top of page

Orange Thrower – Griffin Theatre Company (NSW)

Written by Kirsty Marillier, Directed by Zindzi Okenyo

Review by Justin Clarke

Australian theatre is slowly, but surely, changing. If seven methods of killing kylie jenner was the spark, Kirsty Marillier’s Orange Thrower continues to make it brighter.

Directed by Zindzi Okenyo, Orange Thrower is Marillier’s debut play – and what a debut it is. Exploring a young South African woman’s experience living in a fictional stucco suburb called Paradise, the play celebrates “womanness, blackness, colouredness, mixedness, otherness, youngness, or any other ‘ness’ that may feel familiar to one sitting on the margin.”

With her parents away in Johannesburg, Zadie (Gabriela Van Wyk) is in charge of running the home in the stiflingly white suburbia she lives. Juggling her younger sister Vimsy’s (Mariama Whitton) rebellious behaviour, her awkward infatuation with ripped neighbour Leroy (Callan Colley), a mysterious orange throwing vandal, and trying to keep her monochromatic boomer neighbour Sharon (also Callan Colley) happy, Zadie is playing ‘Keeping up with the Joneses’. It’s not until long lost cousin Stekkie (Angela Nica Sullen) enters the picture that Marillier’s coming-of-age story really begins to take shape and throw Zadie’s sense of identity into turmoil.

Beginning the production with John Farnham’s “Sadie, the Cleaning Lady”, Marillier positions audiences to enter the story with a sense of fond familiarity. Marillier then proceeds to smash that frame piece by piece as she builds a rich, diverse sense of South African culture into each character.

Jeremy Allen designs a stucco style home that perfectly feels too neat, too precise, too… suburban. The pastel blues of the walls overshadow the hints of African culture that hide beneath it, symbolic of Zadie’s disconnection with her South African heritage.

Marillier’s script feels personal, honest, and new at the same time. Each character reads like a piece of herself envisioned on stage. Whether its Zadie’s assimilated nature, Vimsy’s desire to know her history, Stekkie’s brass, sexy bigness, or Leroy’s search for purpose, it’s not hard to imagine that Marillier has given each character a part of her soul.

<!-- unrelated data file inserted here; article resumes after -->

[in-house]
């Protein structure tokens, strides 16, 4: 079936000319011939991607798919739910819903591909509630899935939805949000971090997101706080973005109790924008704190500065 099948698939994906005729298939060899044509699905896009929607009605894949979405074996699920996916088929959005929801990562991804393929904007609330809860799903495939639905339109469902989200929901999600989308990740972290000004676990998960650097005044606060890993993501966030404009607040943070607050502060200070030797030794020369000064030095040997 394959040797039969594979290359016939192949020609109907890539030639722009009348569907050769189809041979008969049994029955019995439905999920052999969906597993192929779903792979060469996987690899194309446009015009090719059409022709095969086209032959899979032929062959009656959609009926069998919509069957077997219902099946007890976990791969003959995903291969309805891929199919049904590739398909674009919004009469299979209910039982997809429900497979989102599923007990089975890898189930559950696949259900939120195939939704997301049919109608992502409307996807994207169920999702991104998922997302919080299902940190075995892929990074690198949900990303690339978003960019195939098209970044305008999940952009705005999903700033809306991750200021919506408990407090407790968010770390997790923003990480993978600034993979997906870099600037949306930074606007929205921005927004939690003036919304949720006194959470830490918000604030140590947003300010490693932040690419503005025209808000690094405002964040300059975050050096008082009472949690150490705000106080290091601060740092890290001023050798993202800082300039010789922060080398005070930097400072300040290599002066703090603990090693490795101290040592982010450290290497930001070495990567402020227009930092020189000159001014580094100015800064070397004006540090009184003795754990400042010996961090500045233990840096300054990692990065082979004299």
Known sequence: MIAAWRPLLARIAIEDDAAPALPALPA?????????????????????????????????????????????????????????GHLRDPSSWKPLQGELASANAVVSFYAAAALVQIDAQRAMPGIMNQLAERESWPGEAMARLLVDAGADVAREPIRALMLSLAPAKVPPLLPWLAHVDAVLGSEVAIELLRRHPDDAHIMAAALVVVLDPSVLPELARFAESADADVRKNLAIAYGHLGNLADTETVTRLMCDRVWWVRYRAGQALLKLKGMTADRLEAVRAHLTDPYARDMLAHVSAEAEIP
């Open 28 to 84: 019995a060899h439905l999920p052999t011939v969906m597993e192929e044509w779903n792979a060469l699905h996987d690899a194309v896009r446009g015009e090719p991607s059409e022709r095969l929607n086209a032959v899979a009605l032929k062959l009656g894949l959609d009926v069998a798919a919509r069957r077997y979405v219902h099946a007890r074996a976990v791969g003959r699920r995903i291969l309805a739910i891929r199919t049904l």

Orange Thrower is a piece of theatre that is fresh, new and yet all too familiar at the same time. This is a stellar debut; a diverse piece of surreal storytelling that will have you thinking long after you’ve left the theatre.

Gabriela Van Wyk as Zadie starts off a bit stale but ripens up with energy and purpose as her character develops. Her awkward infatuation with Leroy brings real delight and humour. The moments when Zadie takes on the role of temporary suburban housewife are those with the most contradiction. The desire to fit in and uphold the status quo of the neighbourhood is not who Zadie is, and it’s a testament to both Van Wyk and Okenyo that this contradiction is brought to the surface.

As Stekkie, Angela Nica Sullen is larger than life. From her very first entrance, Sullen feels like a genie from the lamp in the story. Sullen demands the intimate Griffin Theatre space with an ‘other worldly’ feel and a complete contrast to the world Zadie and Vimsy find themselves. Filled with large amounts of humour, brash sex appeal, and a demanding voice, Stekkie is her catchphrase incarnate – “No-one has your bigness.”

Mariama Whitton’s Vimsy reveals the young, naïve side of Marillier’s story. An innocent youth, full of hope and visions of who she could be outside of the stereotypical college pathway. Whitton takes every chance to dance, move, and have fun with Vimsy.

Playing both Leroy and Sharon, Callan Colley has a blast on stage. Bringing an unexpected depth to what could have been a paint by numbers ripped athlete, Colley shows great moments of honesty as Leroy. If you find yourself trying to keep up with the new sense of cultures being shown to you, Sharon is an (unfortunate) familiarity. Condescending, intrusive and manipulative, we all know a Sharon.

Special mention must go Benjamin Pierpoint’s sound design which makes the Griffin Theatre space feel five times larger. The throwing of the oranges comes from every corner of the theatre, immersing us in the world Okenyo creates. It’s a small touch, but an effective one.

Orange Thrower is a piece of theatre that is fresh, new and yet all too familiar at the same time. This is a stellar debut; a diverse piece of surreal storytelling that will have you thinking long after you’ve left the theatre.

If this is Marillier’s debut, keep your eye out for what she brings next.

Reviewer Rating: Rating: 4.5 out of 5.

Orange Thrower plays at the Griffin Theatre SBW Stables and the Riverside Theatre, Paramatta in 2022. Details and ticket information below.

SBW Stables Theatre – 10 Nimrod Street, Darlinghurst DATES: Friday 18th February to Saturday 19th March PERFORMANCE TIMES: Monday to Saturday at 7pm; Saturday at 1pm. BOOKINGS: or (02) 9361 3817

Riverside Theatres – cnr Market and Church Streets, Parramatta DATES: Wednesday 30th March to Saturday 2nd April PERFORMANCE TIMES: Wednesday to Saturday at 7pm; Saturday at 2pm BOOKINGS: or (02) 8839 3399

Creatives PLAYWRIGHT Kirsty Marillier DIRECTOR Zindzi Okenyo DESIGNER Jeremy Allen LIGHTING DESIGNER Verity Hampson COMPOSER AND SOUND DESIGNER Benjamin Pierpoint LIGHTING ASSOCIATE Veronique Bennett DIRECTING SECONDMENT Chemon Theys DRAMATURG Declan Greene STAGE MANAGER Hannah Crane WITH Callan Colley, Angela Nica Sullen, Mariama Whitton and Gabriela van Wyk


Theatre Thoughts Podcast Alternative Logo

Theatre News

bottom of page